Ash Flower Gall Mite

Aceria fraxiniflora


Male ash trees

Appearance and Life History

Description of this image follows
Distorted staminate flowers on ash, early season; infested flowers turn dark brown to black and persist through the winter.
Photo credit: Steven Katovich, USDA Forest Service,

Ash flower gall mites overwinter as adult females on the bark of host trees. In the spring, the females move to developing male flower buds and deposit their eggs. The larvae emerge and begin feeding on male flowers, creating galls. The larvae, which resemble the adults in appearance, must pass through two stages before maturing into male and female adults. The adult mite has a slender body that is approximately 0.5 mm in length, with two pairs of legs. Several generations are completed throughout the summer within the galls. In the fall, the last generation produces the overwintering adult females.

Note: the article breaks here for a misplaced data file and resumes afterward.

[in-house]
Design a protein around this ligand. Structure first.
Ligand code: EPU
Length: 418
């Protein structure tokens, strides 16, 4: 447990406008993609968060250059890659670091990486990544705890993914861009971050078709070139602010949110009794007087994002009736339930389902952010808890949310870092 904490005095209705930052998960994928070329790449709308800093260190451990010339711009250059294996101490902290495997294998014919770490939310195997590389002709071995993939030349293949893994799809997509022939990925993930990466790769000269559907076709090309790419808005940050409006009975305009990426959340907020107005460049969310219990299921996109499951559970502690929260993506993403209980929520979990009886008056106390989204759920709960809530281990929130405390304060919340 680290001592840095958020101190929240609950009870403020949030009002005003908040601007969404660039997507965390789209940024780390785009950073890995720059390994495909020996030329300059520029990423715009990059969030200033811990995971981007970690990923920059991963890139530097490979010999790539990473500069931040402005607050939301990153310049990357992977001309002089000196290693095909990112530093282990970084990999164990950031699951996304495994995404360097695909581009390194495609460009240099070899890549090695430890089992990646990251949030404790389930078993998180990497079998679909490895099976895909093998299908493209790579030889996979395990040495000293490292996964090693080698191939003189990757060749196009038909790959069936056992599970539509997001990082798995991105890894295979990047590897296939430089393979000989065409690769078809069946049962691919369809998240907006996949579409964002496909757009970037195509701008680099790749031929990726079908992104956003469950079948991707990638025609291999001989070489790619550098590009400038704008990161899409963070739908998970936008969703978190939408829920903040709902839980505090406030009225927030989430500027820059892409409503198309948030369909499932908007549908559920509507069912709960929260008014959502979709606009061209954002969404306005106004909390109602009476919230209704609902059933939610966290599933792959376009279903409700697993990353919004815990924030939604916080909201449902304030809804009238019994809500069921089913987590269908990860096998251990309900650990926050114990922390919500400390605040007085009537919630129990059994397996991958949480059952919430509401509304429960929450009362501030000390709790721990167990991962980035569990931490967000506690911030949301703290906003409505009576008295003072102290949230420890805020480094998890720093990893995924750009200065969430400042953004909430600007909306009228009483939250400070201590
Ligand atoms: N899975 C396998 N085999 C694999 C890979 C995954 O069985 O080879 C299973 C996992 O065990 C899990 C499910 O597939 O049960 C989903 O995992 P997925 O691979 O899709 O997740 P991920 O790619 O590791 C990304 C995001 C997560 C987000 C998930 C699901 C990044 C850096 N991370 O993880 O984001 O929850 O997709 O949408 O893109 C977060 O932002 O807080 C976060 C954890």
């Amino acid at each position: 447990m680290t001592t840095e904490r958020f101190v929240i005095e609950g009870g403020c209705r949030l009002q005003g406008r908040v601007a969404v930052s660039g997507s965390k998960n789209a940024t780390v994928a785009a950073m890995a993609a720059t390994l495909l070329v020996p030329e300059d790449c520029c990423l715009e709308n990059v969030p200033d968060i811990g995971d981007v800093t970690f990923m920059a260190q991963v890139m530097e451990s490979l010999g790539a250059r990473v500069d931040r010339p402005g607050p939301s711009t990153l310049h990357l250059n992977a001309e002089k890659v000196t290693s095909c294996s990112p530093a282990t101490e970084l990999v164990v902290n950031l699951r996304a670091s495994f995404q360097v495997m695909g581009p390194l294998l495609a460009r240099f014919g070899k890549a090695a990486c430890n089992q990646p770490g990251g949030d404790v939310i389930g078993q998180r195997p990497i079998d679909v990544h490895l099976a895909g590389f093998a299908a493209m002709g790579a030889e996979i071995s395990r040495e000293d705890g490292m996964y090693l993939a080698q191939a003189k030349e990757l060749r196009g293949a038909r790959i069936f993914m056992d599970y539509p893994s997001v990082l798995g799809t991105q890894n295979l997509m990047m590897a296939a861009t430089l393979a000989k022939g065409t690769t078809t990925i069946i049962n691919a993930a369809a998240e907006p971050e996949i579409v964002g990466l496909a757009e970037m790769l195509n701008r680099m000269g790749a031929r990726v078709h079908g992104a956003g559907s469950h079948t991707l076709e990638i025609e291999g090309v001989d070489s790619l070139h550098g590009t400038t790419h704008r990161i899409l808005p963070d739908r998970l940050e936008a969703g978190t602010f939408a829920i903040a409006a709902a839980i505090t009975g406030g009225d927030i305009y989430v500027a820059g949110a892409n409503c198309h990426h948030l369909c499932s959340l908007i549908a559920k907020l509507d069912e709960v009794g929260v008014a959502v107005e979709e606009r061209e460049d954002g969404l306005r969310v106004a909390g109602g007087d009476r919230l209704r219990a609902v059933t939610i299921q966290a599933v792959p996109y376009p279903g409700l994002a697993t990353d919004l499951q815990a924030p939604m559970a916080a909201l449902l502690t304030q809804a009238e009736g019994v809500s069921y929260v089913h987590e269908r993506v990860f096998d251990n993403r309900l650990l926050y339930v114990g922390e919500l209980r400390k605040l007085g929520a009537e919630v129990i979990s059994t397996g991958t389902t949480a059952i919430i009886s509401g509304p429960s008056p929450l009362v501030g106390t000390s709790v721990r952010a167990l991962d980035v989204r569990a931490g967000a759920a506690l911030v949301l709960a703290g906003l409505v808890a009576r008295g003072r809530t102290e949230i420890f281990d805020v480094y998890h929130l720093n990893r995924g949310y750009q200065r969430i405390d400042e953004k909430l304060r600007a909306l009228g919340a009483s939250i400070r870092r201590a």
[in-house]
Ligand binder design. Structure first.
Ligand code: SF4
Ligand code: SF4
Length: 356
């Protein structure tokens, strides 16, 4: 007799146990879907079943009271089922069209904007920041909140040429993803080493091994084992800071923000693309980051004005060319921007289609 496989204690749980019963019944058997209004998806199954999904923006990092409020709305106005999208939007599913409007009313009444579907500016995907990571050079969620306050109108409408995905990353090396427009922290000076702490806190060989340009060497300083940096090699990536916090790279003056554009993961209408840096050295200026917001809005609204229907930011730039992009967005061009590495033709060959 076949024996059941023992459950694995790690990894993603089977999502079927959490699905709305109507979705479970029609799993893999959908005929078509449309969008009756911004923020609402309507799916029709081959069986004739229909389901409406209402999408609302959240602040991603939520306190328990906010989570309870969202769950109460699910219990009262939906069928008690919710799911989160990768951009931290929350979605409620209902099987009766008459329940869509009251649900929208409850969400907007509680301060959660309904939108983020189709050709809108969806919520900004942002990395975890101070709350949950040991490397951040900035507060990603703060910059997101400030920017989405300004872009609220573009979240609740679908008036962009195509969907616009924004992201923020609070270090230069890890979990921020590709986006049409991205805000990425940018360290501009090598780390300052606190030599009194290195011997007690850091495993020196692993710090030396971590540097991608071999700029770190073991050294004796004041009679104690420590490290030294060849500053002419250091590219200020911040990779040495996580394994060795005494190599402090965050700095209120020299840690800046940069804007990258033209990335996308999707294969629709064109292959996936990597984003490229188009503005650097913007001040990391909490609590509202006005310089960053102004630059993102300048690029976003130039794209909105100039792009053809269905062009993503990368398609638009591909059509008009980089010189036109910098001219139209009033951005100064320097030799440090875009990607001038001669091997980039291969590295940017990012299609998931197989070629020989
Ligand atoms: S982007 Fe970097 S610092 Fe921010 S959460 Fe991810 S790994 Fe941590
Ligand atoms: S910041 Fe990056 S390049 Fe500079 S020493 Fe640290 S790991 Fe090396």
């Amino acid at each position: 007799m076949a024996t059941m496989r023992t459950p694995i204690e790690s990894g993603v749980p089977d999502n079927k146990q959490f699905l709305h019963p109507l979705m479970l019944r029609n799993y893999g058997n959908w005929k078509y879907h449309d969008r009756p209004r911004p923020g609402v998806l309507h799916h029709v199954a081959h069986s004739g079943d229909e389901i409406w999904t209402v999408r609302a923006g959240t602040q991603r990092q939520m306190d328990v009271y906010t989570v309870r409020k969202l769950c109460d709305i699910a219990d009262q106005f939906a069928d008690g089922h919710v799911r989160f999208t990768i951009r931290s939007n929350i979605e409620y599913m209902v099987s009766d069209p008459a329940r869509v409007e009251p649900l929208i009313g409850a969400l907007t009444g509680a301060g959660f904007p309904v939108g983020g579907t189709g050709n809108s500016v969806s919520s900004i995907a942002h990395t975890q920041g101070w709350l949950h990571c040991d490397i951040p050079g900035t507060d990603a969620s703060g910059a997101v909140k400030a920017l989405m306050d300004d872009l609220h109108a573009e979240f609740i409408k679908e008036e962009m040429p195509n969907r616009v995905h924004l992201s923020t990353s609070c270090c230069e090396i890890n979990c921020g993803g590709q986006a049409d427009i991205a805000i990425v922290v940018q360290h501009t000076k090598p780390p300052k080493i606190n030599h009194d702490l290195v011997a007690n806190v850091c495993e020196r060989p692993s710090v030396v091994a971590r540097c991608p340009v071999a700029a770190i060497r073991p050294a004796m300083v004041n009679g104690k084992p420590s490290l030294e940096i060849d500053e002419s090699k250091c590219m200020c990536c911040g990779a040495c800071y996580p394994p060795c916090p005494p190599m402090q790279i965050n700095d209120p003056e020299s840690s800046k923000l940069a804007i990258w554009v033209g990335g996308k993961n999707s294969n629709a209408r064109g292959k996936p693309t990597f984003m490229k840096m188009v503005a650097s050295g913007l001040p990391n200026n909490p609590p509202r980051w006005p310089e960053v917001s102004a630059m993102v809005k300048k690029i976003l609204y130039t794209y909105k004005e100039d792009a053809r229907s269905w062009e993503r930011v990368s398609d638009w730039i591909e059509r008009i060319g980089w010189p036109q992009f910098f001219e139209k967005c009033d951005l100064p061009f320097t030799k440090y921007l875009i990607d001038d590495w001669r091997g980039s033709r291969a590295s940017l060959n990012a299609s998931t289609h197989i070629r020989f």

The feeding action of the mites causes the flowers to develop abnormally, forming a series of irregularly shaped, fringed galls. The galls range in size from 6-22 mm in diameter. The newly formed galls are green at first, and change to brownish-black near the end of the growing season. The galls remain on the tree during the winter, as conspicuous, unsightly, black masses.


An ash flower gall mite infestation causes no permanent damage to the tree. They can be controlled by pruning out and destroying the newly developed galls in the spring. Planting of female ash or other tree species is also recommended. There are no insecticides registered for control of this mite.